My magic-rub eraser is in Bubba's desk right now with the initials B.B. gouged into it. So are some of my colored pencils. And probably my favorite The Gecko and Sticky magazine and the Dinosaurs library book I keep getting a reminder on.

It's not just my stuff that gets stolen. Bubba takes things from everybody. Even his friends, Kevin and Max. Actually, I think he steals from them the most.

The only thing Bubba's ever given anyone is names. I used to be Nolan Byrd. Now I'm Byrd-the-Nerd.

Or just plain Nerd.

Jake is Bucktooth. Trey is Butthead. Marvin is Moron. Todd is Toad, Ian is Fizz, Jenni is Worm-lips, Trinity is Pony-girl, Kayla is Freckle, Sarah is Kiss-up . . . everyone's got two names: one from their parents and one from Bubba.

His names stick, too. If Bubba calls you something a few times, you'll hear it over and over again from everyone. Some people like their names. Like Brian Washington. Even the teachers call him Gap because he wants them to. He doesn't have a gap between his front teeth anymore, but Bubba called him that in second grade, and he hasn't been Brian since.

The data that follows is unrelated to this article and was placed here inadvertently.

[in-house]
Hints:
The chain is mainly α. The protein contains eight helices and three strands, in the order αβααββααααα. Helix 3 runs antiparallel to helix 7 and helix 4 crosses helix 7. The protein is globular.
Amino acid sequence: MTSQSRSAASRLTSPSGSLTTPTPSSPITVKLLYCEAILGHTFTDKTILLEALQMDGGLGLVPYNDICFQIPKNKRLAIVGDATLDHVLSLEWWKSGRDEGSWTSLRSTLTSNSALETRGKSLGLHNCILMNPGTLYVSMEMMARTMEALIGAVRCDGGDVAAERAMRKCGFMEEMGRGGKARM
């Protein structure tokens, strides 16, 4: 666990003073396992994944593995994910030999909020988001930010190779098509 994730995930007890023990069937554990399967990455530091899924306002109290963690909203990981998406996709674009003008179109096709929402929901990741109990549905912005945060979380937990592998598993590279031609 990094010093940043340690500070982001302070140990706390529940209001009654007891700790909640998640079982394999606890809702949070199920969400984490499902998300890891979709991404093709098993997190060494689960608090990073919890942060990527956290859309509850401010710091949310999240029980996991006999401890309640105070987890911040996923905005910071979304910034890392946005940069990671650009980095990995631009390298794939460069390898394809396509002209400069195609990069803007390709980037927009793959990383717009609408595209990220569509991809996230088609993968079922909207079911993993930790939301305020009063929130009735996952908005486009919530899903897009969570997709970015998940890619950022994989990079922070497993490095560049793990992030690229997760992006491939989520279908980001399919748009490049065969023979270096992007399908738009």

So that's Bubba. He calls you names. He steals your stuff. He breathes putrid fumes in your face.

And even though I've always wanted to do something about it, I could never figure out what. I'm half Bubba's size and don't exactly want to die in elementary school.

So I just eat lunch far away from him, make room when he's cutting in line, and let him call me Nerd.

It's not fair, but at least I'm still alive.
Wendelin Van Draanen

About Wendelin Van Draanen

Wendelin Van Draanen - Shredderman: Attack of the Tagger
Books have always been a part of Wendelin Van Draanen’s life. Her mother taught her to read at an early age, and she has fond memories of story time with her father, when she and her brothers would cuddle up around him and listen to him read stories.